I frequently use the terms “mindful eating” and “mindless eating” as a Registered Dietitian and coach focusing on mindfulness. Despite their superficial similarities, these two ideas regarding our health and connection with food couldn’t be more different. It understands the difference between mindful and mindless eating and how either might affect your health. However, we’ve got everything you need in one convenient place!
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Definition of “Mindful Eating”
Practicing mindful eating entails giving one’s undivided attention to the activity of eating in the here and now. This involves noticing and appreciating the food’s aroma, texture, and flavor. Hence, awareness of hunger and fullness cues and any emotional triggers that may influence eating behaviors are also essential components of mindful eating.
The concept of “eating with intention” is central to the mindful eating philosophy. This indicates that we are deliberate in our selection of foods, motivations for eating, and eating practices. When we’re hungry, we eat; when we’re full, we stop. We also eat in a way that benefits our health by selecting meals high in essential nutrients.
Eating mindfully promotes a healthy perspective on food by balancing satisfying physiological needs and satisfying emotional cravings.
Mindful eating also adheres to the following principles:
- Savoring every morsel by eating slowly
- Taking in the food we eat with all of our senses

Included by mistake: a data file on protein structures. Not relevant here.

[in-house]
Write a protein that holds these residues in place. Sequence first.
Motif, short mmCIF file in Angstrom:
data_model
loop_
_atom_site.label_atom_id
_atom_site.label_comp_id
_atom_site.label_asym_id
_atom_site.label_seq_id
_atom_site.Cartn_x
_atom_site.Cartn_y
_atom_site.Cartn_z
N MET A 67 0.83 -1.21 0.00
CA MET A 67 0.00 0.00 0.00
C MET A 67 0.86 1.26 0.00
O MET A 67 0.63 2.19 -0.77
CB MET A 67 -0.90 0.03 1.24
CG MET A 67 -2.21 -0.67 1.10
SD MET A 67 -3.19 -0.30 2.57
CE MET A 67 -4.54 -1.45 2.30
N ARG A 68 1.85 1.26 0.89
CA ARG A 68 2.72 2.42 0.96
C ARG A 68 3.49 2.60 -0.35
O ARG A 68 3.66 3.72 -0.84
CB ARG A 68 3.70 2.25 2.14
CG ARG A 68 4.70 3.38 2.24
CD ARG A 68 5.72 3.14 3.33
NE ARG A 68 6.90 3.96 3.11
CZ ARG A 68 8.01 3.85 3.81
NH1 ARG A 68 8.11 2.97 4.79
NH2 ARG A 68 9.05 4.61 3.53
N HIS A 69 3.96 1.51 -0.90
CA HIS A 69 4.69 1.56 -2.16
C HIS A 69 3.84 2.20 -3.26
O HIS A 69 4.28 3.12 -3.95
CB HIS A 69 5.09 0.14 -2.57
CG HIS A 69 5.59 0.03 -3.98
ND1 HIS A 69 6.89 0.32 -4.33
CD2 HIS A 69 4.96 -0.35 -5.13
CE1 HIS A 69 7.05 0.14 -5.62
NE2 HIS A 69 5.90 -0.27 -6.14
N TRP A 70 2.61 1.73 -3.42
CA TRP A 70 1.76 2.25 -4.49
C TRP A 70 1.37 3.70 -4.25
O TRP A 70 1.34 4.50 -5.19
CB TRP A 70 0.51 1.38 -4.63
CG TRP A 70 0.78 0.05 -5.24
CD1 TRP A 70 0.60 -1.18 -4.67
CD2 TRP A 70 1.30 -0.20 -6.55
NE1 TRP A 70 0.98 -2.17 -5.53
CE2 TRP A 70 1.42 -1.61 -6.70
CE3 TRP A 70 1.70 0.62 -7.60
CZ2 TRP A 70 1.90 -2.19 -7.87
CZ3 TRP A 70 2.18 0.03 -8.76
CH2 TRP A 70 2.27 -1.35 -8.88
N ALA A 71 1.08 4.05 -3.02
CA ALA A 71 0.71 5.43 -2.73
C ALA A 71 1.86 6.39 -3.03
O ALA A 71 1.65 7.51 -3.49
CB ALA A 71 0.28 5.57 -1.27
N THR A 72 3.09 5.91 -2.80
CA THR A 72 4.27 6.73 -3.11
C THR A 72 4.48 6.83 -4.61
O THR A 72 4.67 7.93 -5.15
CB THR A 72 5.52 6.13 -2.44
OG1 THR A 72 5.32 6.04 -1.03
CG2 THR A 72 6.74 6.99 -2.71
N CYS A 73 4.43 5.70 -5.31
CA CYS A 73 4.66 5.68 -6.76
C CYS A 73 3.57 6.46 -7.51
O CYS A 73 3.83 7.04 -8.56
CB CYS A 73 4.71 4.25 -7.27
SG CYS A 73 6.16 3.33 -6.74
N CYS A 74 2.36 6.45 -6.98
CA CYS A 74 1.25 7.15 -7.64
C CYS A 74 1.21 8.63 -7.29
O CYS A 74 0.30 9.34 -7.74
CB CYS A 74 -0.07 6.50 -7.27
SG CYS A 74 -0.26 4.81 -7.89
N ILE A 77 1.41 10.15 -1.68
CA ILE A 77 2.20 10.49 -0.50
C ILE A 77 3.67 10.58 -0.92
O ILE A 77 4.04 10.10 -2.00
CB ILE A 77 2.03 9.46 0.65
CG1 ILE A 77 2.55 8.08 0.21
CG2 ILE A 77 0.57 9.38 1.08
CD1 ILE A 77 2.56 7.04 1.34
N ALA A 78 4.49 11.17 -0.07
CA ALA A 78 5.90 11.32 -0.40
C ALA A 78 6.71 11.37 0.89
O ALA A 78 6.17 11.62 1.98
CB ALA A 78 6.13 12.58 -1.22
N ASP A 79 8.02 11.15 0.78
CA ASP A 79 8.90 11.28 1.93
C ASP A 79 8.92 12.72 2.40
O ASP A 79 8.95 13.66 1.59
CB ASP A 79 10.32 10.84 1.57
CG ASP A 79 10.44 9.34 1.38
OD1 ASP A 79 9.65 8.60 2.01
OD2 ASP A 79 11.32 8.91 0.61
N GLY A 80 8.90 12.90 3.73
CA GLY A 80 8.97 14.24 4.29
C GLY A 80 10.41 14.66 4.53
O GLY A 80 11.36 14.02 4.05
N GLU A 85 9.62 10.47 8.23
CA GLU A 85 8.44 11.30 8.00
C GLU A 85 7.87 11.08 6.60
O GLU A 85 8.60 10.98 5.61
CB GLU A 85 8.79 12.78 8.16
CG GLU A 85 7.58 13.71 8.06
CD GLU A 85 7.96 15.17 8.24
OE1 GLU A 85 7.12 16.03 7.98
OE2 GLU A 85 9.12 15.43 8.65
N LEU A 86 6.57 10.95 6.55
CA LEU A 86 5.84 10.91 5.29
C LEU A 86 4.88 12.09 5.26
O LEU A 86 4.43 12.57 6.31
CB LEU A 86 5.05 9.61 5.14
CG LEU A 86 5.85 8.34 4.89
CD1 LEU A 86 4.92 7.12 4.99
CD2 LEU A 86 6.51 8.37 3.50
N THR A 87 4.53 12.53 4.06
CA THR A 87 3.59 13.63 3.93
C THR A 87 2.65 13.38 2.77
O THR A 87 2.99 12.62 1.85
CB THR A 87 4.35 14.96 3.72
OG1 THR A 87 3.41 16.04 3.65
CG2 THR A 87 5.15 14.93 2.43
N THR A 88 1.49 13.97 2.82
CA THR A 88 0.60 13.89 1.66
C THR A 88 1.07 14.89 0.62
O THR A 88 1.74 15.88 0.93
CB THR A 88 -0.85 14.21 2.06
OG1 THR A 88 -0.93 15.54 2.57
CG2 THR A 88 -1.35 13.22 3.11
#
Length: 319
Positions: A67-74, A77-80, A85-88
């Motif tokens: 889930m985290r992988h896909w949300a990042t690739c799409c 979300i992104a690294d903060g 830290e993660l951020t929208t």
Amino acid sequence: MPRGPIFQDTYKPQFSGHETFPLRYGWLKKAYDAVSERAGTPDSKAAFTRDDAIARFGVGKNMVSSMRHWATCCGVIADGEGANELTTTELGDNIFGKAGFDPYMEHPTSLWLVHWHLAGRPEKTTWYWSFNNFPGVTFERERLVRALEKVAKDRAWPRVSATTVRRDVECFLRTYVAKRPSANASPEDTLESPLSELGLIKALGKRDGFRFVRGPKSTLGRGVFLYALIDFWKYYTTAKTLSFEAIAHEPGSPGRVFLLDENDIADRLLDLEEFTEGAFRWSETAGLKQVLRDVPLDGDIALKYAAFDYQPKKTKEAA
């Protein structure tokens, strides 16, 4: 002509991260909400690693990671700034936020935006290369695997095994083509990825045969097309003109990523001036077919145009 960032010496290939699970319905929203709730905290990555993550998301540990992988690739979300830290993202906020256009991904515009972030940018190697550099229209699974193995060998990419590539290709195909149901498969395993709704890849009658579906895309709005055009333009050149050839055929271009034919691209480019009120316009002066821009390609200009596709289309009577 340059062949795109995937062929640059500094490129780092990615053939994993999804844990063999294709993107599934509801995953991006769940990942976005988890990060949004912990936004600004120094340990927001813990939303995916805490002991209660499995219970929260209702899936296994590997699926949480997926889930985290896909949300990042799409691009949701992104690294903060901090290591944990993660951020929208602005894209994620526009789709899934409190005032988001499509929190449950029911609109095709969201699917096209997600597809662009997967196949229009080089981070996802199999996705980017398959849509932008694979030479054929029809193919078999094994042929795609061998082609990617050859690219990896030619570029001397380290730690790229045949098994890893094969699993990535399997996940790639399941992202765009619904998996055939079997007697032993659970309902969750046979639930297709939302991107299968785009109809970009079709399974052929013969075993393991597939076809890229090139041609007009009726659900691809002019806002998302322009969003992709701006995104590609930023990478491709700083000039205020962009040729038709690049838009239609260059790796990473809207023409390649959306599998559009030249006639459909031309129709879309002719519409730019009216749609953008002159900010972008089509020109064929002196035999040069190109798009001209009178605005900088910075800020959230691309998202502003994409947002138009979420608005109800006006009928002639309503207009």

- Putting down the phone or turning off the TV so you can focus on your food
- Knowing when to stop eating because we’re no longer hungry or full by listening to our bodies
- Treating ourselves and our bodies with kindness and compassion.
Mindful Eating and Its Benefits
Mindful eating has many positive effects. One benefit is that it can help us form better habits surrounding what and how much we eat. We can control our food intake more effectively by learning to recognize our bodies’ signals about when we’re hungry and complete.
The practice of mindful eating, no doubt, has been shown to increase gastronomic pleasure. A greater appreciation for our foods can be developed through mindful eating practices such as savoring each bite and focusing on the textures, flavors, and aromas. Knowing what foods provide the most and least satisfaction can help us make better food choices.
The importance of enjoying what we eat cannot be overstated.
Mindful eating has been linked favorably to improved psychological well-being. Eating less stressfully and more mindfully can help alleviate stress and anxiety.
On the other hand, mindless eating involves chewing and swallowing without considering what we’re experiencing. This can manifest in various ways, including eating while preoccupied (with a screen or a phone), eating too quickly, or eating for reasons other than hunger. Give yourself some extra compassion at this stage because this is a common experience with food, especially at the beginning of your journey to eating more balanced and mindfully.
Overeating, binge eating, and other unhealthy behaviors can result from eating without paying attention. Eating past the point of fullness and possibly consuming more calories than we can happen when we ignore our bodies hunger and fullness cues.